"There's a gift in it" transplanted vocational ministers and the quest for belonging to Vancouver, British Columbia

Author
Michael N Hsu
Abstract
Vancouver, British Columbia has a reputation as one of the most desirable cities in the world to live, yet a recent study revealed it to be a city where people struggle to develop belonging. The purpose of this study was to explore how transplanted vocational ministers developed a sense of belonging to the city. The study utilized a qualitative design using semi-structured interviews and the data was analyzed using the constant comparative method. The study revealed the importance of taking initiative in a place like Vancouver and that the difficult experience of dislocation offered a relational gift and opportunity for mission and service.

An account of our stewardship: assessing Christian character from a Wesleyan perspective in ministry candidates in the East Ohio Conference of the United Methodist Church

Author
Joseph T Burkhardt
Abstract
The purpose of this project was to discover the extent to which the interview process of District Committees on Ordained Ministry (dCOMs) in the East Ohio Conference of the United Methodist Church integrates historical Wesleyan marks of Christian character in the assessment of ministry candidates. The project design was to distribute an online survey to all East Ohio Conference dCOM members in February 2015. The project revealed that dCOMs regularly inquire of ministry candidates about their experience of conversion, and tend to prefer more subjective expressions of personal faith journeys over more traditional Wesleyan understandings of justification.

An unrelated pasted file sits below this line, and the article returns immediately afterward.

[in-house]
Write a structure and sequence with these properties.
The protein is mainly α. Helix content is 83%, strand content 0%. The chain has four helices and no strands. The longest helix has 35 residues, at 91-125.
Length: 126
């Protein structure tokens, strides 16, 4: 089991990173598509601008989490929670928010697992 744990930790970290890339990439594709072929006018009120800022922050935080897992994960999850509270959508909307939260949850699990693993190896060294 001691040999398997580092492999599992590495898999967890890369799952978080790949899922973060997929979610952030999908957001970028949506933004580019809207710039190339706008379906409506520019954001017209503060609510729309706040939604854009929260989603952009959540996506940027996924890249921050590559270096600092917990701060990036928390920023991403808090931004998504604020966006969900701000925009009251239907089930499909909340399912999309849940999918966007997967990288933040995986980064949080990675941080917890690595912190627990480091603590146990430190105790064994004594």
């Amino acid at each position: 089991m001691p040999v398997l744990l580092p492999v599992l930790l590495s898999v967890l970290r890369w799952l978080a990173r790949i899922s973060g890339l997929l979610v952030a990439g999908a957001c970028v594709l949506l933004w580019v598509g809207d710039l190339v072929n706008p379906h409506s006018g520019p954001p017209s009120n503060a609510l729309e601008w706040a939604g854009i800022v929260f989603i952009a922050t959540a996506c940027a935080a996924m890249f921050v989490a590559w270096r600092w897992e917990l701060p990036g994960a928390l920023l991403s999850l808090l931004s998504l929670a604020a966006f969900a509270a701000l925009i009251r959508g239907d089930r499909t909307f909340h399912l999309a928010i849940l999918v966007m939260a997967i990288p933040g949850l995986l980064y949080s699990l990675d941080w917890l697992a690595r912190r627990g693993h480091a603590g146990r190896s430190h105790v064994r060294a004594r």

Last Call: A New Practice of Receiving a Pastor in the Baptist Church Based Upon a Biblical Paradigm that Challenges the Call System

Author
Harold Eugene Vann II
Abstract
Baptist polity operationalizes the call system, a process that congregational churches use to select, elect and deselect pastors. An aspect of that polity is autonomy that declares each local Baptist church is a self-governing entity. In this context, lay authority has the potential to be misused and the laity can deselect a pastor at their will. This project, a case study is the presentation of a church to show how the call system works from candidacy to deselection. This study calls for an additional layer of pastoral oversight and recommends that pastors lead Baptist laity in securing pastors. The problem addressed by this project is imbalance in power and authority held by Baptist laity and manifested in the call system. Finally, a new plan is presented for receiving a pastor that is led by a Board of Pastors, which restores balance, and is built on a theological/biblical paradigm that indicates that God gives and sends pastors that are received by a congregation.